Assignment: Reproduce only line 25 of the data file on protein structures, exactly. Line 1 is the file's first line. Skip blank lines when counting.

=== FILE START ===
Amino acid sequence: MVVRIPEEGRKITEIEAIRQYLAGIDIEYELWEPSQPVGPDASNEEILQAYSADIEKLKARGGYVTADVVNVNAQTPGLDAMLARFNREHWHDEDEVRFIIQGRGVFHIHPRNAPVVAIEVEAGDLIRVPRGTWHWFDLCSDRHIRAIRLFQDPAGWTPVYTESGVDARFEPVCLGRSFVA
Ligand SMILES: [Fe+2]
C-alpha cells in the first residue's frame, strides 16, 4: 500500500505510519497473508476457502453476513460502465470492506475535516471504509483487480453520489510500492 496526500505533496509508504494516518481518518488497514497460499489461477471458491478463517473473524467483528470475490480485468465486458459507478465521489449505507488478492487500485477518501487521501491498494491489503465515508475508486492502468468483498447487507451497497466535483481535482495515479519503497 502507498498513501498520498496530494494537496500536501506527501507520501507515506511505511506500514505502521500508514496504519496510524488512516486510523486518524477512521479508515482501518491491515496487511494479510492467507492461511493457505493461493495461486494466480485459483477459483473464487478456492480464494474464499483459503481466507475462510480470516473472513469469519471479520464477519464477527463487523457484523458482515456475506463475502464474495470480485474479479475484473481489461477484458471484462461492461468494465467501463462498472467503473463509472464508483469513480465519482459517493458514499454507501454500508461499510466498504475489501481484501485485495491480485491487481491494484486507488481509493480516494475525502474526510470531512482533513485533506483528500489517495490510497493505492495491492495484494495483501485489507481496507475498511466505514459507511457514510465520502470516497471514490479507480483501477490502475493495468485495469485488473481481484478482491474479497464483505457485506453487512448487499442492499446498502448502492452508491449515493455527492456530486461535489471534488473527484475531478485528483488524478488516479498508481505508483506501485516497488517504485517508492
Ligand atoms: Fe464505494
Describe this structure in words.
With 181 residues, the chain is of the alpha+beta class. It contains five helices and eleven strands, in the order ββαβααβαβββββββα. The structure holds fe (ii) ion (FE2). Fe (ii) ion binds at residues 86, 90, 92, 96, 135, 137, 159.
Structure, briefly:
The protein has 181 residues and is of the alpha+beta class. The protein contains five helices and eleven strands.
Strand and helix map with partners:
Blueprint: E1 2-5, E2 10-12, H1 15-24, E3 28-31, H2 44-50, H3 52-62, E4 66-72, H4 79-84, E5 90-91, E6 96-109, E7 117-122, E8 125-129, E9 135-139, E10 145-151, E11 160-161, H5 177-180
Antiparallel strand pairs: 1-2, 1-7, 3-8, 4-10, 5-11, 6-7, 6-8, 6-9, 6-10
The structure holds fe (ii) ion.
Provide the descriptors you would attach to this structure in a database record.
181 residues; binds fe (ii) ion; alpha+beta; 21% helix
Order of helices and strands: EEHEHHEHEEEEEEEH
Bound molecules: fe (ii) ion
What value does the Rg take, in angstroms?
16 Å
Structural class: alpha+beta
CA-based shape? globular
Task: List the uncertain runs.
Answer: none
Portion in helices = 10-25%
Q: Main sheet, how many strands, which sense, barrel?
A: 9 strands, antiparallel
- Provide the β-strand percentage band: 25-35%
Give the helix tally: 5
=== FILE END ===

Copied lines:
A: 9 strands, antiparallel